So even though, from a purely economic standpoint, you’re better off paying a lower interest rate, there is still a cost to spending your time in pursuit of that loan. It’s up to you to determine whether that cost serves the bigger picture or not. 

[15:15] “The advantage of having cash value accessible and usable is that you absolutely qualify to get a loan against your cash value just because you are a policyholder, and that is a right of being a policyholder. And because you have that quick guarantee, your time is freed up to do so many other things.”

What Can You Do with Your Time? 

Time is an incredibly valuable resource, as entrepreneurs know. While entrepreneurship is in many ways about breaking free from the “trading time for money” model of employment, that doesn’t mean time ceases to matter. Instead, time becomes even more valuable, because you can use it to increase your dollars exponentially, rather than for an hourly rate. So imagine what you could do with extra time in your business if you didn’t have to be as concerned with small, time-consuming details. 

You also want to be sure that your decisions align with your values. Do you value time with family or your relationships? What if the time you saved could give you more time to spend with those you love? The possibility of whole life insurance allows you some flexibility to make choices that are better aligned with your values. 

[43:47] “[With whole life insurance] you have the opportunity to not have to go through all of that cost of acquisition. You can make quick decisions when it makes sense for you to make the decision, not based on what you’re getting paid… not based on interest rates that are high or interest rates that are low, and not even based on whether we’re in a boom cycle or a bust cycle.”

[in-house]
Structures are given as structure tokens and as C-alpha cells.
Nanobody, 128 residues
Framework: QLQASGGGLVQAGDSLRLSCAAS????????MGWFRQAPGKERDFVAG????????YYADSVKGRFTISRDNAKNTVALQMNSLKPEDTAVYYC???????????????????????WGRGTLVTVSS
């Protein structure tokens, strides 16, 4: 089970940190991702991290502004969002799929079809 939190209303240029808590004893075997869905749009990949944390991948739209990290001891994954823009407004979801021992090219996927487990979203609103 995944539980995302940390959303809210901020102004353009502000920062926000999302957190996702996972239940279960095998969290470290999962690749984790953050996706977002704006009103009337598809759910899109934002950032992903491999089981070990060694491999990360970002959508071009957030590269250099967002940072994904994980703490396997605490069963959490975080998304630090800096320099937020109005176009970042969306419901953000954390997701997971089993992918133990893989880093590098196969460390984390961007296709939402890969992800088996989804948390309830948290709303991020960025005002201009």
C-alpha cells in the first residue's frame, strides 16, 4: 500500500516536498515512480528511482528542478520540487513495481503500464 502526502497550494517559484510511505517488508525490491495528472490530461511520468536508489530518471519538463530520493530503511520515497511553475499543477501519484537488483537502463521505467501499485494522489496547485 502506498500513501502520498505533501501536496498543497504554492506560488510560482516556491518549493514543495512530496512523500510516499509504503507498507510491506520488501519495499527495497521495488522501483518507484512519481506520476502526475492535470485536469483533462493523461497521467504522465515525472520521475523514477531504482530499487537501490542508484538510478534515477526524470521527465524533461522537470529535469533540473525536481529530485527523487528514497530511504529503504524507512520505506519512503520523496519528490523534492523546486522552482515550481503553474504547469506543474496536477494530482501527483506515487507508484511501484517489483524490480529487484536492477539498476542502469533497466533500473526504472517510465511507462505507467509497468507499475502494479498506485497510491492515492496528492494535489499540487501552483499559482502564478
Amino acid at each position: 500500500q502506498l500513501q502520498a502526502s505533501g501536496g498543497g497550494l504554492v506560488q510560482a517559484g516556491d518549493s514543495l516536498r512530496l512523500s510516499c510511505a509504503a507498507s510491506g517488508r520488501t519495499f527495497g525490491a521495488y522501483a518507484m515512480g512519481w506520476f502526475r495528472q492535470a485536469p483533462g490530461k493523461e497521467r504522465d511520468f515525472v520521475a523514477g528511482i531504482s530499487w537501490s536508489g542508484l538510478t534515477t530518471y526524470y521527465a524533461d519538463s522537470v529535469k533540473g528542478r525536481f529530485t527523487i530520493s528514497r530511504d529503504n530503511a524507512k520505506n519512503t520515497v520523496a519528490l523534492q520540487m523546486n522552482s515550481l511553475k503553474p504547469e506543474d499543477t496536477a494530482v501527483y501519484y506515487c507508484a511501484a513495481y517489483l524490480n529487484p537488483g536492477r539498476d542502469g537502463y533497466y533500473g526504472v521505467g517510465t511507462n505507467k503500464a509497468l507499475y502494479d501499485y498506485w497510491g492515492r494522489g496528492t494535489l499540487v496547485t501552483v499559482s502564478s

The only way that you can start having capital to make these decisions is by taking over the banking function, and you do that with participating whole life insurance from a mutual company.

Book A Strategy Call

Do you want to coordinate your finances so that everything works together to improve your life today, accelerate time and money freedom, and leave the greatest legacy? We can help!  Book an Introductory Call with our team today, and find out how Privatized Banking, alternative investments, or cash flow strategies can help you accomplish your goals better and faster. That being said, if you want to find out more about how Privatized Banking gives you the most safety, liquidity, and growth… plus boosts your investment returns, and guarantees a legacy, go to to learn more.

Rachel Marshall

Rachel Marshall is a devoted wife and nurturing mother to three wonderful children. Rachel is a speaker, coach, and the author of Seven Generations Legacy™, passionate about helping enterprising families unlock their true potential and live into the multi-generational legacy they are destined for. After a near-death experience, she developed a deep understanding of the significance of recognizing and embracing one's unique legacy As Co-Founder and Chief Financial Educator of The Money Advantage, Rachel Marshall is renowned for her ability to make money simple, fun, and doable. She empowers her clients to build sustainable multi-generational wealth and create a legacy that extends far beyond mere financial success. Rachel's expertise lies in helping wealth creators remove the fear of money ruining their children, give instructions for stewarding family money, teach financial stewardship and create perpetual wealth through family banking, and save time coordinating family finances. Rachel co-hosts The Money Advantage podcast, a highly popular show that delves into business and personal finance, including how to effectively manage finances, protect wealth, and generate sustainable cash flow. Rachel's engaging teaching style and practical advice have made her a trusted source of financial wisdom for her listeners.